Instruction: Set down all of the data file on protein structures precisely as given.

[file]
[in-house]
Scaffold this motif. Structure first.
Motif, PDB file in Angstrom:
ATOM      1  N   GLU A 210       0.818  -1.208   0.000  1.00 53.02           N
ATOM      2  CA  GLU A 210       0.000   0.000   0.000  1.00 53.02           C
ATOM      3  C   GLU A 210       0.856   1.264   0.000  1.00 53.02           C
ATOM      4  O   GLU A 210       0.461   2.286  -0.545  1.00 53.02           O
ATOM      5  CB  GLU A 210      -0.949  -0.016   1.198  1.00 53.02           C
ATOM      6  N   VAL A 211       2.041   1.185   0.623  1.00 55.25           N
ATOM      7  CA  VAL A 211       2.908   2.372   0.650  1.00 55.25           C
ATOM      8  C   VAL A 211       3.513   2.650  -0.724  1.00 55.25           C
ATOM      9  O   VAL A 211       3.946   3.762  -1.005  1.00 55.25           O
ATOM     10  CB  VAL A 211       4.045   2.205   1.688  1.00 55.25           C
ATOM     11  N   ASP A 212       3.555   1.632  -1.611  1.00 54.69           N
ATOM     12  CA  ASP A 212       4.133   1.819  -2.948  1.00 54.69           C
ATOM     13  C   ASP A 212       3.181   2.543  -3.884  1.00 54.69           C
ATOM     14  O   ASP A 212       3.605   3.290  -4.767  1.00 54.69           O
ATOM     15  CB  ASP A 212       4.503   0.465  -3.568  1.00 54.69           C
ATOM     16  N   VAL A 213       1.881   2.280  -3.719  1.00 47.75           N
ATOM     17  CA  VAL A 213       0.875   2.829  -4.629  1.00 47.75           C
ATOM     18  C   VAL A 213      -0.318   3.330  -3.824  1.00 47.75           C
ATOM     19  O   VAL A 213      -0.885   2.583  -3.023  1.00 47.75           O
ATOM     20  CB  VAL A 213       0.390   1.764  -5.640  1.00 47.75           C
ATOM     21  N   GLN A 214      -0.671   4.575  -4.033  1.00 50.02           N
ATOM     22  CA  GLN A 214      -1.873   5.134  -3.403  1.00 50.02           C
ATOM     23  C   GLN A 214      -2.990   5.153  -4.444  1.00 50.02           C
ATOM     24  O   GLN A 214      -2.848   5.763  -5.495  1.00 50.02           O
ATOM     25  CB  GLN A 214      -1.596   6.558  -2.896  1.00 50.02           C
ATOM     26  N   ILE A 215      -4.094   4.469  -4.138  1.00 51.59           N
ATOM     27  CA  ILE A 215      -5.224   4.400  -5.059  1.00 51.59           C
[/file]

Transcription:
[in-house]
Scaffold this motif. Structure first.
Motif, PDB file in Angstrom:
ATOM      1  N   GLU A 210       0.818  -1.208   0.000  1.00 53.02           N
ATOM      2  CA  GLU A 210       0.000   0.000   0.000  1.00 53.02           C
ATOM      3  C   GLU A 210       0.856   1.264   0.000  1.00 53.02           C
ATOM      4  O   GLU A 210       0.461   2.286  -0.545  1.00 53.02           O
ATOM      5  CB  GLU A 210      -0.949  -0.016   1.198  1.00 53.02           C
ATOM      6  N   VAL A 211       2.041   1.185   0.623  1.00 55.25           N
ATOM      7  CA  VAL A 211       2.908   2.372   0.650  1.00 55.25           C
ATOM      8  C   VAL A 211       3.513   2.650  -0.724  1.00 55.25           C
ATOM      9  O   VAL A 211       3.946   3.762  -1.005  1.00 55.25           O
ATOM     10  CB  VAL A 211       4.045   2.205   1.688  1.00 55.25           C
ATOM     11  N   ASP A 212       3.555   1.632  -1.611  1.00 54.69           N
ATOM     12  CA  ASP A 212       4.133   1.819  -2.948  1.00 54.69           C
ATOM     13  C   ASP A 212       3.181   2.543  -3.884  1.00 54.69           C
ATOM     14  O   ASP A 212       3.605   3.290  -4.767  1.00 54.69           O
ATOM     15  CB  ASP A 212       4.503   0.465  -3.568  1.00 54.69           C
ATOM     16  N   VAL A 213       1.881   2.280  -3.719  1.00 47.75           N
ATOM     17  CA  VAL A 213       0.875   2.829  -4.629  1.00 47.75           C
ATOM     18  C   VAL A 213      -0.318   3.330  -3.824  1.00 47.75           C
ATOM     19  O   VAL A 213      -0.885   2.583  -3.023  1.00 47.75           O
ATOM     20  CB  VAL A 213       0.390   1.764  -5.640  1.00 47.75           C
ATOM     21  N   GLN A 214      -0.671   4.575  -4.033  1.00 50.02           N
ATOM     22  CA  GLN A 214      -1.873   5.134  -3.403  1.00 50.02           C
ATOM     23  C   GLN A 214      -2.990   5.153  -4.444  1.00 50.02           C
ATOM     24  O   GLN A 214      -2.848   5.763  -5.495  1.00 50.02           O
ATOM     25  CB  GLN A 214      -1.596   6.558  -2.896  1.00 50.02           C
ATOM     26  N   ILE A 215      -4.094   4.469  -4.138  1.00 51.59           N
ATOM     27  CA  ILE A 215      -5.224   4.400  -5.059  1.00 51.59           C